"There's your enemy, Shapp. Runs everything. Attack, defence, surveillance, production, everything. The ideal war general. No glory, no speeches, no medals and no blood."
IN THIS ONE... Everyone goes to Zeos where K9 acts as ambassador to a computer commandant.
REVIEW: A middle episode and it shows. The war is over, so has the Shadow decreed, but the Marshal just can't let it go, and must undertake one final strike against all reason. Clearly, he's been unhinged by the Shadow's manipulation, and can't see peace unless there is victory. It's a little unfortunate that a great actor like John Woodvine is given the most over the top dialog, allowing for very little nuance. Or perhaps he's just not feeling it. He's still better than Davyd Harries as Shapp, his John Cleese-inspired comedy performance at odds with the dreary nihilism of the serial. Why does he even get into the T Mat? He's gone from jaded officer to bumbling clown in between episodes.
William Squire's Shadow is about as mannered, but at least he's supposed to be in stark contrast with the Doctor, being the Time Lord's opposite number, an agent of the Black Guardian. Where the Doctor is casual, he's stridently operatic. It's not a GOOD performance, mind you, but it has the virtue of being OPPOSITE. Similarly, the Shadow is willing to wait a thousand years for the Doctor to make a mistake and make the segments of the Key available, while the Doctor is very much in danger of doing just that through his innate impatience. The Doctor is never better than when he's being insolent with his captors, and there's some of that before they let him loose (with a spooky disappearing act) to get himself into the required trouble.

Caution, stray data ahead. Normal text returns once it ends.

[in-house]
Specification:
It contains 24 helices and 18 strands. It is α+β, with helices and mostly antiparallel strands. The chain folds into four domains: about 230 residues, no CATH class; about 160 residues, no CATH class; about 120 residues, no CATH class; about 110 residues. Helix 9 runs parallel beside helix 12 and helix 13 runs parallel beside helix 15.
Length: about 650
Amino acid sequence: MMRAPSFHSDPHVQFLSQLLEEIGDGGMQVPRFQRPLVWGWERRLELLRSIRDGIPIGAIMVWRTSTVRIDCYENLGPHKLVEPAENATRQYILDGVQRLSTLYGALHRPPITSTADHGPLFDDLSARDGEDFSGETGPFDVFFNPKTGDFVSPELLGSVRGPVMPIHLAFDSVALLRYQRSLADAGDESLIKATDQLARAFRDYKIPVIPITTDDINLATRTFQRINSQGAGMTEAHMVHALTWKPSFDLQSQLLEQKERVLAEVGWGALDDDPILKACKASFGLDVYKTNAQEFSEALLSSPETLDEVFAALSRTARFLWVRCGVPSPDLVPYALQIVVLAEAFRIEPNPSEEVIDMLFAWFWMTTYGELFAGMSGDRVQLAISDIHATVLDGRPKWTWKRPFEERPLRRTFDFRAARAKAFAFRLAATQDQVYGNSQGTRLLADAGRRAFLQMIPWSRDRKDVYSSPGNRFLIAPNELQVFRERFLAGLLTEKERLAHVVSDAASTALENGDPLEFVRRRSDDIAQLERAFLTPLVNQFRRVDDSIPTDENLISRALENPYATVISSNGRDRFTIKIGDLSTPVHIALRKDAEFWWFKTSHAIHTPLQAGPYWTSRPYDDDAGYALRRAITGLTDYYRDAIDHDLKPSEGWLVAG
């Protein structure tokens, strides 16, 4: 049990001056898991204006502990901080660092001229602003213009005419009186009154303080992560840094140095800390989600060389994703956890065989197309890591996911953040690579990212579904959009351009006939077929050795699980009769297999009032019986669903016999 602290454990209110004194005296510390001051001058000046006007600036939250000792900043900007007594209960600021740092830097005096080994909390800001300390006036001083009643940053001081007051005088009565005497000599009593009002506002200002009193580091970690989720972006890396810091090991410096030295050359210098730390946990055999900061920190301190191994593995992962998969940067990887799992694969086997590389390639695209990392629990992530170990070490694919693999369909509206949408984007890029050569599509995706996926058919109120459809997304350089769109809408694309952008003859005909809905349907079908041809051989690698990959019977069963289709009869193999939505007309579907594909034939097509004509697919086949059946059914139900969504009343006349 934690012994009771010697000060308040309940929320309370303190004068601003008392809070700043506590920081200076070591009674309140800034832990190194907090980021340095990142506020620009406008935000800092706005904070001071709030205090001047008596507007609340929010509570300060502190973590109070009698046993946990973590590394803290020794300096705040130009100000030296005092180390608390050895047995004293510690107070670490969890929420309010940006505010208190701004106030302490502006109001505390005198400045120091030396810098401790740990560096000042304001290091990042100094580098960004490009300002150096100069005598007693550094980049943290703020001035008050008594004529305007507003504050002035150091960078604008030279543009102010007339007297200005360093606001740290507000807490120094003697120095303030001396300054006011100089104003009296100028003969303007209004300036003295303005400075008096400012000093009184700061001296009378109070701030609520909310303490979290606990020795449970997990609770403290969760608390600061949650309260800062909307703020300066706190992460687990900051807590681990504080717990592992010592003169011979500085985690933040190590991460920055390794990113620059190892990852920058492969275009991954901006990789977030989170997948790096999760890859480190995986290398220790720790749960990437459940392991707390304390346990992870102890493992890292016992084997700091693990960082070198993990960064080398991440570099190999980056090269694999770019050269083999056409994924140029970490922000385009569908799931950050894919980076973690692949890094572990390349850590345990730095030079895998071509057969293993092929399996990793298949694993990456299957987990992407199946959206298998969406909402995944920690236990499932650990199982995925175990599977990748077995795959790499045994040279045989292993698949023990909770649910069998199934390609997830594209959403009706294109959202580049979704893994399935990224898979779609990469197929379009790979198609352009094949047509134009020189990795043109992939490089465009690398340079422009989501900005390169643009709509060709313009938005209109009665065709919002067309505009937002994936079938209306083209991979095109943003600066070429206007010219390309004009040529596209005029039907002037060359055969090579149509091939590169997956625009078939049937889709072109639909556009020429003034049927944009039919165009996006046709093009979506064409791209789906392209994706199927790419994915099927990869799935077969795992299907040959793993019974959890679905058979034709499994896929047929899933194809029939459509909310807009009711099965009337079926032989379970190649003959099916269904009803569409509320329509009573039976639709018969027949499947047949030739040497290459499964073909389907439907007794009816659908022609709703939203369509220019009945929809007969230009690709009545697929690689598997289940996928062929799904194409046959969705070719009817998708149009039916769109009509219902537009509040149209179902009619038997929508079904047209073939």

And then the story slows to a crawl. There's some walking around on dusty Zeos as Shapp tries to out-bugeye Tom Baker. K9 is off looking for the Doctor, the Doctor out looking for K9, Romana out looking for Merak, Merak out looking for Astra (who isn't on the planet after all). Aside from Romana showing a little Venusian Aikido, they're only killing time until they're all reunited so they can mean the Zeon commandant, yet another sentient computer (that's four in the past three seasons, I think, but I do wonder how they did the sparkly bits). K9 gets to play ambassador to one of his own kind, but that means a lot of bleeps and bloops are exchanged (the future's equivalent of modem sounds) and oh yes, lest I forget, K9 goes all around the room saluting CCTV cameras or something. It's all impossibly dull. Please Doctor, talk about your limbo closet some more. That, at least, sparks my nerd interest.
REWATCHABILITY: Medium-Low - It's not uncommon for 6-parters to actually be 4 or 5-parters in disguise. This is the part where you notice it.